The sleeves shown above are actually two layers of a continuous pattern that spirals around the arm. While the underlayer is fitted, the top layer has increasing volume toward the wrist, creating decorative rippling texture.
This fully-lined cropped infinity dress is constrcted of only two patterns, creating a figure-eight of wrapped seams. The patterns for this dress were relatively narrow, but almost 20 feet long! It can be worn straight and fluid, or with the volume pushed to the back with tiny hooks as shown below. It is a more subtle homage to Worth's gowns.
This dress was a modern take on Worth's voluminous sleeves. Panels cross over from front to back, eliminating shoulder seams and allowing for the seams to contour in and out around the body. The heavy weight of the fabric, in addition to internal backing, allows the sleeves to stand upright on their own, unsupported by any internal padding.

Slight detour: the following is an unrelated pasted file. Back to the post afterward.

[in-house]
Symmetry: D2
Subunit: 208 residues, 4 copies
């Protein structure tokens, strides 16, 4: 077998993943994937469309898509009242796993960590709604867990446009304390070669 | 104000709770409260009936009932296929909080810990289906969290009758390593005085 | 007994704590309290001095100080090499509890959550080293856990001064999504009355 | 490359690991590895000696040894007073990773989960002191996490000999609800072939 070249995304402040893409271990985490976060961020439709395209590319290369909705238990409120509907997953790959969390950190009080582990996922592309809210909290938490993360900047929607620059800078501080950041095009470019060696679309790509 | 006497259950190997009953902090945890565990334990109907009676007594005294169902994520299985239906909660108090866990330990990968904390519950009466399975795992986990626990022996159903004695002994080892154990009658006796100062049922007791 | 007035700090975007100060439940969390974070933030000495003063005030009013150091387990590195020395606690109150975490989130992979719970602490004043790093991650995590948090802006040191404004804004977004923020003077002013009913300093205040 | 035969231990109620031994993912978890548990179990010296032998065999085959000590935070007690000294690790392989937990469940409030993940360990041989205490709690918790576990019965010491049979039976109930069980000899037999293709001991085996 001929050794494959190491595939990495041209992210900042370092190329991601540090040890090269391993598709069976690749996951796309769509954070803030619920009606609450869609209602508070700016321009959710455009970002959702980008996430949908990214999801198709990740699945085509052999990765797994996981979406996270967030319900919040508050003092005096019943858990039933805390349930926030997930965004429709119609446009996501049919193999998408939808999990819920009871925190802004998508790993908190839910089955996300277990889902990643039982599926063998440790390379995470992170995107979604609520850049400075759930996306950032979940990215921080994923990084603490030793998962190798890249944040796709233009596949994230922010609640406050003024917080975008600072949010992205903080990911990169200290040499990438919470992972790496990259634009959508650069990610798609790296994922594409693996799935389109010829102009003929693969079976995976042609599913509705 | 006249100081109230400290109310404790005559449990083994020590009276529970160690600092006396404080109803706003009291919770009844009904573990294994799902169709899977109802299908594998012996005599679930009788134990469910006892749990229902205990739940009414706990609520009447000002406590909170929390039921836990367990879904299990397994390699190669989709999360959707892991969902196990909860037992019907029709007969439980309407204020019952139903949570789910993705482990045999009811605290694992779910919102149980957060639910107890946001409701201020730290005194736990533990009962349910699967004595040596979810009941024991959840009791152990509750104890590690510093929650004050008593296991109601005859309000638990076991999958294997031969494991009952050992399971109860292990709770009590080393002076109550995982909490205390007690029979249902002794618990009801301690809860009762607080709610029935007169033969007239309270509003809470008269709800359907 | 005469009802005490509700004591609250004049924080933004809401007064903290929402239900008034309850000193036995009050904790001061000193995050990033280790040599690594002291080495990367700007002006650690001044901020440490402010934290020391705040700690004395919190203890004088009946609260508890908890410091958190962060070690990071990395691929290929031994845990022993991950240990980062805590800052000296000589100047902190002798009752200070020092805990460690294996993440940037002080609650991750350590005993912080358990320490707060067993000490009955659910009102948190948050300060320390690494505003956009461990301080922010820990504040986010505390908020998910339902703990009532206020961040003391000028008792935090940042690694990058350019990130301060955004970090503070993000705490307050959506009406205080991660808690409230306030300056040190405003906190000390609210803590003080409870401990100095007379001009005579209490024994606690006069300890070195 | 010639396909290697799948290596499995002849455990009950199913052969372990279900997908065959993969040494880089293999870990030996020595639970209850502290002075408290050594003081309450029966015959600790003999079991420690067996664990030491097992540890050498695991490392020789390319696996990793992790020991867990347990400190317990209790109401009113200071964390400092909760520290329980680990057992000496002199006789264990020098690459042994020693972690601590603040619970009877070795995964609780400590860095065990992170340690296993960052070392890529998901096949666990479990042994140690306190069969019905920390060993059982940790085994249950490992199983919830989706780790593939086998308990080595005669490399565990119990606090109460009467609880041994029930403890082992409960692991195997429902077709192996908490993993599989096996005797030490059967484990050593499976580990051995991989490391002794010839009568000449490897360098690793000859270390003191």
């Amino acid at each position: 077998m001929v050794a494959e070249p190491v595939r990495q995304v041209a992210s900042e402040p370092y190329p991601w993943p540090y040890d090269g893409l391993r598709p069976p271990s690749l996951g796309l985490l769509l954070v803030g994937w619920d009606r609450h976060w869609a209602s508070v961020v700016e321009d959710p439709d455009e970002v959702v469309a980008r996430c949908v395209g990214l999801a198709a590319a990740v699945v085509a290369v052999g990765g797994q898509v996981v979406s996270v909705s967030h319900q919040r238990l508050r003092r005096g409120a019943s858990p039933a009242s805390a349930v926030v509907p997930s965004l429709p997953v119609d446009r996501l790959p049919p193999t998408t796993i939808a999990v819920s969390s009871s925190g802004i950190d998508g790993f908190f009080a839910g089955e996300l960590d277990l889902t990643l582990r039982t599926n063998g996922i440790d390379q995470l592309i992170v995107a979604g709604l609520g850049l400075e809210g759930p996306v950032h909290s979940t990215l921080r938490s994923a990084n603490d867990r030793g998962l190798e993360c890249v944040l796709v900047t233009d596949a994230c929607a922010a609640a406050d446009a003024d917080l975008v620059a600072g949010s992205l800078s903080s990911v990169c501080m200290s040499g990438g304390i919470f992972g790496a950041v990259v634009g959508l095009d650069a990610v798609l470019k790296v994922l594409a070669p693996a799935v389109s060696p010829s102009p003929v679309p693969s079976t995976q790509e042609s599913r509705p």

This infinity cape is reversible and interprets Worth's idea of curves through a functional lens. 
I designed, patterned, and constructed these garments after researching the draping and patterning techniques used by Charles Frederick Worth, known as the Father of Haute Couture. I focused on his use of curved seaming to fit and dramatize the body, and developed unusual patterns by imitating his technique of using continuous panels to cover the body. The House of Worth showed interest in the mini collection as they are undergoing a revival under Giovanni Bedin, who previously worked for Karl Lagerfeld and Thierry Mugler.

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